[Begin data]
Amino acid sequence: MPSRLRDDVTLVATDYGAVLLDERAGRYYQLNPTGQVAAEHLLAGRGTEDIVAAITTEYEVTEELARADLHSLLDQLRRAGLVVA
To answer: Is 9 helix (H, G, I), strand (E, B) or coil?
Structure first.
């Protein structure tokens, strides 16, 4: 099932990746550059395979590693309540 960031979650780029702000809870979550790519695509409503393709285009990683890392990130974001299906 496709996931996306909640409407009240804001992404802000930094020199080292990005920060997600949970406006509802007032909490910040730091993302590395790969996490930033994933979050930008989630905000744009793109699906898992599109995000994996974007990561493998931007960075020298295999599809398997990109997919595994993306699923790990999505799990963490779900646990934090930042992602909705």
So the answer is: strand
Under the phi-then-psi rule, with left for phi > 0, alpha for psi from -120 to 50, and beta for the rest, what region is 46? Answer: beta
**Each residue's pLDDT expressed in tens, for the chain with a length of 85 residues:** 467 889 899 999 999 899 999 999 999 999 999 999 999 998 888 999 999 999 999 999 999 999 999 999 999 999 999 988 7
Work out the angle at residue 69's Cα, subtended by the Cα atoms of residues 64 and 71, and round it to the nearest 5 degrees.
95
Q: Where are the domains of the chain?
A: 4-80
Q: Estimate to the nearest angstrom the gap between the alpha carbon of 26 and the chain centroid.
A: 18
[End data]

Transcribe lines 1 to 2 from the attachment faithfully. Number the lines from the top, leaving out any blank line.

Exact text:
Amino acid sequence: MPSRLRDDVTLVATDYGAVLLDERAGRYYQLNPTGQVAAEHLLAGRGTEDIVAAITTEYEVTEELARADLHSLLDQLRRAGLVVA
To answer: Is 9 helix (H, G, I), strand (E, B) or coil?